By Dr. Herb Dickieson (commentary)
Prime Minister Stephen Harper and Pierre Poilievre
The Harper government’s so-called Fair Elections Act currently being forced through Parliament by Pierre Poilievre, junior Minister of State for Democratic Reform, is something that a growing number of Islanders and Canadians are becoming deeply concerned about.
This past week Canada’s highly respected former auditor-general Sheila Fraser, who was responsible for unmasking the Liberal sponsorship scandal, slammed the Harper-Poilievre bill as an attack on democracy. Ms. Fraser states Bill C-23, if allowed to pass, would disenfranchise thousands of voters, undercut the independence of the Canada’s Chief Electoral Officer, impede investigations into wrongdoing and undermine Canadians’ faith in the electoral system.
International and Canadian electoral experts, including former and current Chief Electoral Officers, have provided evidence demonstrating the proposed bill threatens Canada’s global reputation as a guardian of democracy and human rights. In particular, they state Mr. Harper’s changes would undermine the integrity of Canada’s electoral process, diminish the effectiveness of Elections Canada, reduce Canadians’ voting rights, expand the role of money in politics and foster partisan bias and intimidation at polling stations on Election Day.
Perhaps more controversially, the proposed bill will end the practice of vouching, disproportionately preventing seniors, First Nations people and young Canadians from voting. Bill C-23 would also ban the use of Elections Canada’s Voter Information Cards as corroborating ID, further suppressing the vote of Canadians who don’t happen to have picture ID that includes their address.
Junior Minister Poilievre disingenuously claims there are 39 pieces of acceptable ID, but fails to mention that most of these ID pieces would require additional proof of address such as a power or telephone bill. Many seniors, First Nations people, students and everyday Canadians use P.O. boxes, live in seniors’ residences, university dormitories, or as part of family household, meaning they do not have power or phone bills in their own name, making them ineligible to vote. Driver’s licences are one of the very few forms of acceptable ID that include the required street address, but only 87 per cent of voting age Canadians have a driver’s licence, further suppressing the vote of millions of Canadians.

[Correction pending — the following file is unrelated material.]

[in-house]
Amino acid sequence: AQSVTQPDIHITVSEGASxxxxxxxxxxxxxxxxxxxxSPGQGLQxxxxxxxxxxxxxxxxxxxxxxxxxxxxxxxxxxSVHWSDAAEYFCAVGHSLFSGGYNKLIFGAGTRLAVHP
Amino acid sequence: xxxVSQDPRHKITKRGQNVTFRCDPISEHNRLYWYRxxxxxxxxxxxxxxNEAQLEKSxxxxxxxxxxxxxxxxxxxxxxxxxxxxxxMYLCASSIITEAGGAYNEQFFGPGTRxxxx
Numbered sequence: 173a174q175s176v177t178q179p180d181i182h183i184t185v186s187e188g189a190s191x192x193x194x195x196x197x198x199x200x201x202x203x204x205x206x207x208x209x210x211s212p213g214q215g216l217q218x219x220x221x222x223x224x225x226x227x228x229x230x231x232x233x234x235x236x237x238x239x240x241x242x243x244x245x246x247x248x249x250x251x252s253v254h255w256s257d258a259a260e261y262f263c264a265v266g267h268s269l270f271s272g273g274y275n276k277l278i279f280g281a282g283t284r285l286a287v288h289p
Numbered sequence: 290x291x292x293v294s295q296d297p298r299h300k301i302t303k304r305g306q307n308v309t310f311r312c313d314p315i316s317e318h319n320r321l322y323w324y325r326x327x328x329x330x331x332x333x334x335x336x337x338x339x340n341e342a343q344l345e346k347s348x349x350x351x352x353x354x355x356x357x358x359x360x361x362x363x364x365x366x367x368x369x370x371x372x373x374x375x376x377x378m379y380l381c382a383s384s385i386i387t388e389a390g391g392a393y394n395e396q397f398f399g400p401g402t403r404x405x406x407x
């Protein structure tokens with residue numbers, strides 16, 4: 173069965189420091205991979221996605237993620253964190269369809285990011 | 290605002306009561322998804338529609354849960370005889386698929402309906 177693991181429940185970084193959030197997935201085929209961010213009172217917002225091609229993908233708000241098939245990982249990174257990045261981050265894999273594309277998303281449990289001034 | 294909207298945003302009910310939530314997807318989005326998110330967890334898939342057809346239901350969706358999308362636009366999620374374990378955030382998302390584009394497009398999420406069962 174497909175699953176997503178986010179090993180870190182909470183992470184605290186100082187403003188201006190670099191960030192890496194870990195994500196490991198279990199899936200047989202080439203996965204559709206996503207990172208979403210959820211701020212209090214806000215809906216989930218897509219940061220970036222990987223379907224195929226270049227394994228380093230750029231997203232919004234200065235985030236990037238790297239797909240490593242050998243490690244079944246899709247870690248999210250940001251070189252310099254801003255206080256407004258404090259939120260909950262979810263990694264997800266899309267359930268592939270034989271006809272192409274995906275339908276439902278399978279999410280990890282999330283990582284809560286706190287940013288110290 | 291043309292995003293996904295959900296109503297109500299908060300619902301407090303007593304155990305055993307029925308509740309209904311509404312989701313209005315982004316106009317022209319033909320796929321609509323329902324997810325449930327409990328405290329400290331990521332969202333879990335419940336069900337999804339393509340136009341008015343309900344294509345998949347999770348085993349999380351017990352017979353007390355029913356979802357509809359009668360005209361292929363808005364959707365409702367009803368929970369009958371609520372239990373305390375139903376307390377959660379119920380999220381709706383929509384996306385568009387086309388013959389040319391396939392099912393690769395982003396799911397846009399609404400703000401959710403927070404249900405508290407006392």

In short, the Harper-Poilievre bill, if passed without significant amendments, would hamper officials from investigating electoral fraud, muzzle Elections Canada, give the governing party the power to name key elections staffers, allow political parties to keep their voter database information from investigators, limit political parties fully reporting on their use of public funds, suppress voters, and raise political contribution and spending limits.
Bill C-23, the so-called Fair Elections Act, should be scrapped and replaced by an inclusive, independent process that seeks broad consensus, promotes voting and meaningful enforcement, and respects and incorporates evidence and expert-based information. There is a real danger that Mr. Harper will step in at the last minute, bring his attack dog Poilievre to heel, and introduce token concessions wrapped up in doublespeak as an attempt to appease critics and deceive the public.
Should Bill C-23 become law in its current form, Canada will suffer the dubious distinction of a country attempting to limit the fundamental and most basic democratic rights of its citizens. Mr. Harper appears to have learned well from ongoing Republican efforts at voter suppression in the United States. Canada should not be heading down this same dangerous and anti-democratic path.
Dr. Herb Dickieson is a family physician practicing in Prince County and is a former member of the Legislative Assembly of Prince Edward Island.